Originally, insurers designed survivorship life policies to revert to single life pricing after the first death. As a result, the mortality charges for the pure insurance protection jumped significantly after the first death. However, reserves and cash values also increased substantially after the first death, reducing the pure insurance protection. Depending on when the first death occurred and whether the older or younger insured died first, a sizable increase in the premiums could be required to keep the level of coverage in place. To avoid the possibility of a premium increase after the first death, insurers designed and priced some policies essentially to include a first death element that would provide enough additional cash value to keep premiums level after the first death. Insurers now design most permanent SL policies to avoid a premium increase after the first death. Some companies even offer a rider (what is essentially a joint life—first death—rider) for additional premium that pays up the policy and eliminates the need to pay premiums after the first death.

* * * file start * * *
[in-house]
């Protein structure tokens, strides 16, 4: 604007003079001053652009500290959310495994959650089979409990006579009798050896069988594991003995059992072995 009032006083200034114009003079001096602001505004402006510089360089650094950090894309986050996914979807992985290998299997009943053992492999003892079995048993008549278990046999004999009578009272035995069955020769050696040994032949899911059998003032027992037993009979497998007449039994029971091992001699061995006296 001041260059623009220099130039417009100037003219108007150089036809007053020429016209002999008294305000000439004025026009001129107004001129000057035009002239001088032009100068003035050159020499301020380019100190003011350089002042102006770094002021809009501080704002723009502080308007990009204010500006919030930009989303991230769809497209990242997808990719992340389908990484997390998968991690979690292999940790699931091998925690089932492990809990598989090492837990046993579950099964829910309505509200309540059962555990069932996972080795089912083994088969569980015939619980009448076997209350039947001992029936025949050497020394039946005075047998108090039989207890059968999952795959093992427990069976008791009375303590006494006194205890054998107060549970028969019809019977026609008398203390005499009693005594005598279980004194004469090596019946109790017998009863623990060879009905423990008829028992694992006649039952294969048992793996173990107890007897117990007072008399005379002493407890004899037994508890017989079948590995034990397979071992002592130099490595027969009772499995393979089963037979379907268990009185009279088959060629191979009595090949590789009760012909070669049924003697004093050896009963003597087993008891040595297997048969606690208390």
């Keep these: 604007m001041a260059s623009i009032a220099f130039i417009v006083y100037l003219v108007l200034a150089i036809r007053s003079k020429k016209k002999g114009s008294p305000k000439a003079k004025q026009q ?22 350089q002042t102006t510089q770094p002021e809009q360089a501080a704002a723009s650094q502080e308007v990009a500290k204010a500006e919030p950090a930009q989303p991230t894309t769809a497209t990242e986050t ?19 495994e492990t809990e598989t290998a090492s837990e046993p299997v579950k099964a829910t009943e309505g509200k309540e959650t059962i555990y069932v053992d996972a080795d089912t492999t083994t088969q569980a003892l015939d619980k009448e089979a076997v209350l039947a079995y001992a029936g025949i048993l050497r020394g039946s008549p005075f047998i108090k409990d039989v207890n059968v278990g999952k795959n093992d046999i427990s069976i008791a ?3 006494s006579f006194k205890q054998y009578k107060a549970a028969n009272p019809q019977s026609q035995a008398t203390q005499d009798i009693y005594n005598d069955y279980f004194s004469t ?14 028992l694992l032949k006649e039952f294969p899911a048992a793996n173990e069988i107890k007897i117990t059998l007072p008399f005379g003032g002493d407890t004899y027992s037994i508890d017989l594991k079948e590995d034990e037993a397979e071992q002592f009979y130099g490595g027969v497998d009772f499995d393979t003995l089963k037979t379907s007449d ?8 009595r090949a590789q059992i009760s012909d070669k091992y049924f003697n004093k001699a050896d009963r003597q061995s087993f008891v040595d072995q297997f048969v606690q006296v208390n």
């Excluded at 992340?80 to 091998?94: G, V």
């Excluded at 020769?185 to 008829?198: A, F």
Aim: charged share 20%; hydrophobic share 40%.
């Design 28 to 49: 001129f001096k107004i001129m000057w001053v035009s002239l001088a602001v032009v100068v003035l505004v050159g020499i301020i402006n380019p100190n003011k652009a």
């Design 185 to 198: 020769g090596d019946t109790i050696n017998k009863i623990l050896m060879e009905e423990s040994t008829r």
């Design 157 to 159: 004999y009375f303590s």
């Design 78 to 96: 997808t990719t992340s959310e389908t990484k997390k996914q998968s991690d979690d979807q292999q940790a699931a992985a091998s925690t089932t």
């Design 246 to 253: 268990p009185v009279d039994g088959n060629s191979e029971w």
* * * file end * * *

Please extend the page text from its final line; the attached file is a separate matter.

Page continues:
However, term/perm plans often are still subject to the risk of a premium increase after the first death. Companies use one of two term pricing strategies. Some companies have two schedules of term rates. The rates they use when both insureds are living are the low second-death rates. This keeps premiums to the absolute minimum while both insureds live. However, after the first death, the term rates jump up to the single life mortality rates, which can be a sizable increase. Other companies use a blended rate both before and after the first death. All else being equal, the required premium for a plan using blended rates will be higher than for a plan using two schedules of rates while both insureds live, but the premium will not increase after the first death.
Reproduced with permission. Copyright The National Underwriter Co. Division of ALM